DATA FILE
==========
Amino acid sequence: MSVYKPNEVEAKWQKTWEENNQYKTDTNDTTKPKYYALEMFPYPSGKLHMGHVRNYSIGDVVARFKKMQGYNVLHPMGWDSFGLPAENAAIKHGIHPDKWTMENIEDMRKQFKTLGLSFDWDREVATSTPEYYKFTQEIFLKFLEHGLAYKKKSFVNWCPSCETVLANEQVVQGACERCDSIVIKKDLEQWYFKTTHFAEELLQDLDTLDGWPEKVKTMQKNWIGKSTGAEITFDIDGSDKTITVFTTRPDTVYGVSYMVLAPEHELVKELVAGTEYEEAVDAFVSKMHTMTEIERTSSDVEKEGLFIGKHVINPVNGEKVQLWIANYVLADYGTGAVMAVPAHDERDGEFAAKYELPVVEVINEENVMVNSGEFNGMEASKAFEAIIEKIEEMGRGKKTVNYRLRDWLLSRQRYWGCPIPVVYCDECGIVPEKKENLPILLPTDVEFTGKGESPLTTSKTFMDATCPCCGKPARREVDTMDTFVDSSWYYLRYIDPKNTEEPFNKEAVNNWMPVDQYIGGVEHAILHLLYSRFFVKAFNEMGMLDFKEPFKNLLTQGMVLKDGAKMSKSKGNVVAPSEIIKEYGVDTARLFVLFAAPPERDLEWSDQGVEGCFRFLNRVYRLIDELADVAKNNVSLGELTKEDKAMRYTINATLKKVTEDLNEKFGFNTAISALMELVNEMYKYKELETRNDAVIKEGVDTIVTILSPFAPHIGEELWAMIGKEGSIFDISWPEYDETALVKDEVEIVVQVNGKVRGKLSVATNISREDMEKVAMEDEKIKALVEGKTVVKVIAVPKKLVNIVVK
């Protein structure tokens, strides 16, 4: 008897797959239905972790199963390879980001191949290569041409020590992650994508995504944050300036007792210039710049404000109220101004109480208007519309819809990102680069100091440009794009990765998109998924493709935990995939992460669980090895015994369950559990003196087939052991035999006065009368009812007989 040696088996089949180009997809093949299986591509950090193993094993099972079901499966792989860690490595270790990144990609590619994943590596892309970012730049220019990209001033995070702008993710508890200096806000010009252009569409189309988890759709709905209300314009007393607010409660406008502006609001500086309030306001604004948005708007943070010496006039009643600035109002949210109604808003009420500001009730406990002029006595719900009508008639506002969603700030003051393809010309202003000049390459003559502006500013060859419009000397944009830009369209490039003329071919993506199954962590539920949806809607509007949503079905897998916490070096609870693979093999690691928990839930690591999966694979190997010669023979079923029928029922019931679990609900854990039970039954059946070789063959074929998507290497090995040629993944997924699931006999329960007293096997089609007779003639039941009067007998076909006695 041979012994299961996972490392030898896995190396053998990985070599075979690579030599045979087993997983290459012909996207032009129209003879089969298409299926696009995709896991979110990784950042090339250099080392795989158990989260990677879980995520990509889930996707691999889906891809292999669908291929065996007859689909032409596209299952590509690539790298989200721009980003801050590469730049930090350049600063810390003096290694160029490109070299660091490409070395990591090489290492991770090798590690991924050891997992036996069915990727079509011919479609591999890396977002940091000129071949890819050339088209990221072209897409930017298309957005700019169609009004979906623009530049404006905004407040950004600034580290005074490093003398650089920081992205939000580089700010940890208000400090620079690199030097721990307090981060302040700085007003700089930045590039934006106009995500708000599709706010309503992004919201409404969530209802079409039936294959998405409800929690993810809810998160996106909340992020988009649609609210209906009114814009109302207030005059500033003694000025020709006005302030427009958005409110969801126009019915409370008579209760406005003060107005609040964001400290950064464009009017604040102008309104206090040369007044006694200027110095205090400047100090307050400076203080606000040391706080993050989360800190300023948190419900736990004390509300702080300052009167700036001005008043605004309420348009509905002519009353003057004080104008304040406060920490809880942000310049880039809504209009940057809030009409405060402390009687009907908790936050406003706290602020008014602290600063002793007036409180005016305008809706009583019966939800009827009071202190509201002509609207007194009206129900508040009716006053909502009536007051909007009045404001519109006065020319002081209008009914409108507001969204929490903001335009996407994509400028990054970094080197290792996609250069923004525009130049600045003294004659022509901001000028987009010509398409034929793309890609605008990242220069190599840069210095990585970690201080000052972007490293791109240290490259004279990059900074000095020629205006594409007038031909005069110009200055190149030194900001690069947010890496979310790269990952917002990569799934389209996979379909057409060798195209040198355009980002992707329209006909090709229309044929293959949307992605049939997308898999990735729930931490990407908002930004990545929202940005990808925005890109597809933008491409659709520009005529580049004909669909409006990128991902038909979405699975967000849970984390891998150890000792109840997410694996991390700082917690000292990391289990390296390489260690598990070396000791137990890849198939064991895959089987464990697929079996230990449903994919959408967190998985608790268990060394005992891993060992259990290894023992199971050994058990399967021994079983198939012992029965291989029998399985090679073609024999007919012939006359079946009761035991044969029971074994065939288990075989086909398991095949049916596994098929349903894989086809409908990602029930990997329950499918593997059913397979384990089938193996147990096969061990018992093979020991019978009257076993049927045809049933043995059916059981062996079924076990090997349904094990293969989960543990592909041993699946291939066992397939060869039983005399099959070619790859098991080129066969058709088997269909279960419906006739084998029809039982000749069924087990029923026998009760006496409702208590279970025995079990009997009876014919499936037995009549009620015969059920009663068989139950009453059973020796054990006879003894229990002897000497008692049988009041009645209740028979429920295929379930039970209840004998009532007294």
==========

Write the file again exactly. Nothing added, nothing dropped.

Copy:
Amino acid sequence: MSVYKPNEVEAKWQKTWEENNQYKTDTNDTTKPKYYALEMFPYPSGKLHMGHVRNYSIGDVVARFKKMQGYNVLHPMGWDSFGLPAENAAIKHGIHPDKWTMENIEDMRKQFKTLGLSFDWDREVATSTPEYYKFTQEIFLKFLEHGLAYKKKSFVNWCPSCETVLANEQVVQGACERCDSIVIKKDLEQWYFKTTHFAEELLQDLDTLDGWPEKVKTMQKNWIGKSTGAEITFDIDGSDKTITVFTTRPDTVYGVSYMVLAPEHELVKELVAGTEYEEAVDAFVSKMHTMTEIERTSSDVEKEGLFIGKHVINPVNGEKVQLWIANYVLADYGTGAVMAVPAHDERDGEFAAKYELPVVEVINEENVMVNSGEFNGMEASKAFEAIIEKIEEMGRGKKTVNYRLRDWLLSRQRYWGCPIPVVYCDECGIVPEKKENLPILLPTDVEFTGKGESPLTTSKTFMDATCPCCGKPARREVDTMDTFVDSSWYYLRYIDPKNTEEPFNKEAVNNWMPVDQYIGGVEHAILHLLYSRFFVKAFNEMGMLDFKEPFKNLLTQGMVLKDGAKMSKSKGNVVAPSEIIKEYGVDTARLFVLFAAPPERDLEWSDQGVEGCFRFLNRVYRLIDELADVAKNNVSLGELTKEDKAMRYTINATLKKVTEDLNEKFGFNTAISALMELVNEMYKYKELETRNDAVIKEGVDTIVTILSPFAPHIGEELWAMIGKEGSIFDISWPEYDETALVKDEVEIVVQVNGKVRGKLSVATNISREDMEKVAMEDEKIKALVEGKTVVKVIAVPKKLVNIVVK
């Protein structure tokens, strides 16, 4: 008897797959239905972790199963390879980001191949290569041409020590992650994508995504944050300036007792210039710049404000109220101004109480208007519309819809990102680069100091440009794009990765998109998924493709935990995939992460669980090895015994369950559990003196087939052991035999006065009368009812007989 040696088996089949180009997809093949299986591509950090193993094993099972079901499966792989860690490595270790990144990609590619994943590596892309970012730049220019990209001033995070702008993710508890200096806000010009252009569409189309988890759709709905209300314009007393607010409660406008502006609001500086309030306001604004948005708007943070010496006039009643600035109002949210109604808003009420500001009730406990002029006595719900009508008639506002969603700030003051393809010309202003000049390459003559502006500013060859419009000397944009830009369209490039003329071919993506199954962590539920949806809607509007949503079905897998916490070096609870693979093999690691928990839930690591999966694979190997010669023979079923029928029922019931679990609900854990039970039954059946070789063959074929998507290497090995040629993944997924699931006999329960007293096997089609007779003639039941009067007998076909006695 041979012994299961996972490392030898896995190396053998990985070599075979690579030599045979087993997983290459012909996207032009129209003879089969298409299926696009995709896991979110990784950042090339250099080392795989158990989260990677879980995520990509889930996707691999889906891809292999669908291929065996007859689909032409596209299952590509690539790298989200721009980003801050590469730049930090350049600063810390003096290694160029490109070299660091490409070395990591090489290492991770090798590690991924050891997992036996069915990727079509011919479609591999890396977002940091000129071949890819050339088209990221072209897409930017298309957005700019169609009004979906623009530049404006905004407040950004600034580290005074490093003398650089920081992205939000580089700010940890208000400090620079690199030097721990307090981060302040700085007003700089930045590039934006106009995500708000599709706010309503992004919201409404969530209802079409039936294959998405409800929690993810809810998160996106909340992020988009649609609210209906009114814009109302207030005059500033003694000025020709006005302030427009958005409110969801126009019915409370008579209760406005003060107005609040964001400290950064464009009017604040102008309104206090040369007044006694200027110095205090400047100090307050400076203080606000040391706080993050989360800190300023948190419900736990004390509300702080300052009167700036001005008043605004309420348009509905002519009353003057004080104008304040406060920490809880942000310049880039809504209009940057809030009409405060402390009687009907908790936050406003706290602020008014602290600063002793007036409180005016305008809706009583019966939800009827009071202190509201002509609207007194009206129900508040009716006053909502009536007051909007009045404001519109006065020319002081209008009914409108507001969204929490903001335009996407994509400028990054970094080197290792996609250069923004525009130049600045003294004659022509901001000028987009010509398409034929793309890609605008990242220069190599840069210095990585970690201080000052972007490293791109240290490259004279990059900074000095020629205006594409007038031909005069110009200055190149030194900001690069947010890496979310790269990952917002990569799934389209996979379909057409060798195209040198355009980002992707329209006909090709229309044929293959949307992605049939997308898999990735729930931490990407908002930004990545929202940005990808925005890109597809933008491409659709520009005529580049004909669909409006990128991902038909979405699975967000849970984390891998150890000792109840997410694996991390700082917690000292990391289990390296390489260690598990070396000791137990890849198939064991895959089987464990697929079996230990449903994919959408967190998985608790268990060394005992891993060992259990290894023992199971050994058990399967021994079983198939012992029965291989029998399985090679073609024999007919012939006359079946009761035991044969029971074994065939288990075989086909398991095949049916596994098929349903894989086809409908990602029930990997329950499918593997059913397979384990089938193996147990096969061990018992093979020991019978009257076993049927045809049933043995059916059981062996079924076990090997349904094990293969989960543990592909041993699946291939066992397939060869039983005399099959070619790859098991080129066969058709088997269909279960419906006739084998029809039982000749069924087990029923026998009760006496409702208590279970025995079990009997009876014919499936037995009549009620015969059920009663068989139950009453059973020796054990006879003894229990002897000497008692049988009041009645209740028979429920295929379930039970209840004998009532007294």